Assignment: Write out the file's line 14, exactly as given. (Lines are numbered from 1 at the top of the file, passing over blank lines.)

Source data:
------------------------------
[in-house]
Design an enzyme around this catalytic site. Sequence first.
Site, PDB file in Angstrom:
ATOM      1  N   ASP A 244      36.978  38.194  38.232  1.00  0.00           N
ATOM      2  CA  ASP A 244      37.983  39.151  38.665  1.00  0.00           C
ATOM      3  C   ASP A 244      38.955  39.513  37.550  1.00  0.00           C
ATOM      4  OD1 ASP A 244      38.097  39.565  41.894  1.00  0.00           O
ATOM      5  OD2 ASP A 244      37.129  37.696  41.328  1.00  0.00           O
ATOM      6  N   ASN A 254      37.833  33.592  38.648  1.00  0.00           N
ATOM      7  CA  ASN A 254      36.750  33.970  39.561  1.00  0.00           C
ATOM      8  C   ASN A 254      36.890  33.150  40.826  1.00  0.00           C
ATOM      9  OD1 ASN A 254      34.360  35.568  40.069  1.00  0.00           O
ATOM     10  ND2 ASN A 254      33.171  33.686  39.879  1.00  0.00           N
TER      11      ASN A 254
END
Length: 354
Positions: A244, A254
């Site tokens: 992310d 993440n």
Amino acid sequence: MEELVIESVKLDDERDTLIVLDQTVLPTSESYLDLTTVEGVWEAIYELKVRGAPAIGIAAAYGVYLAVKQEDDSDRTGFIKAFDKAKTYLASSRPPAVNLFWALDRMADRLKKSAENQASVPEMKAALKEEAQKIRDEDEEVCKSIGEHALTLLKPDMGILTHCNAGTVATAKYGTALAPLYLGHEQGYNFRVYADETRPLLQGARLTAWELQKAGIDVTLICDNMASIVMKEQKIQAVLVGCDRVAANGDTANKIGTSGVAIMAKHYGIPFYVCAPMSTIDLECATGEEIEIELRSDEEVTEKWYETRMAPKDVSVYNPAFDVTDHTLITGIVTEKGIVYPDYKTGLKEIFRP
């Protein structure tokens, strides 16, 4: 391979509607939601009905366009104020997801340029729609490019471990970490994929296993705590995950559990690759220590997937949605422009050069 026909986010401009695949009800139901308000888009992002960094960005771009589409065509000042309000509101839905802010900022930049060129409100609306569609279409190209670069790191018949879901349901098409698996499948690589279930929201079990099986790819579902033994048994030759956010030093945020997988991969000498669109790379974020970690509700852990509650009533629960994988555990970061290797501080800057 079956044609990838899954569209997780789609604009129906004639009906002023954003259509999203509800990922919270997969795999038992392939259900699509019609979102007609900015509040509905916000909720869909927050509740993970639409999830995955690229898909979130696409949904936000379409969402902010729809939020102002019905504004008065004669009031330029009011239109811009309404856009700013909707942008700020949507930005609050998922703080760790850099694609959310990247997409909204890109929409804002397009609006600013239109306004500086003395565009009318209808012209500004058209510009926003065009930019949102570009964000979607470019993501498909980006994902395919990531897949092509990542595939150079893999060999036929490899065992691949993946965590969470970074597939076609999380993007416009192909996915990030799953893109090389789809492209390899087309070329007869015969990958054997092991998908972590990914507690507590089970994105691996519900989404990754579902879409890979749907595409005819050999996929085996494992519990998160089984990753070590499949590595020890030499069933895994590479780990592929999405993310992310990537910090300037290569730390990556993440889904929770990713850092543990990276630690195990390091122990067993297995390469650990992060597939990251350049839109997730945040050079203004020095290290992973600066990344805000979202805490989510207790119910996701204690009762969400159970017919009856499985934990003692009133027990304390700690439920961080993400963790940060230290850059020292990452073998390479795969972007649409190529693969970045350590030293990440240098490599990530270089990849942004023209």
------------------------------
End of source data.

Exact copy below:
TER      11      ASN A 254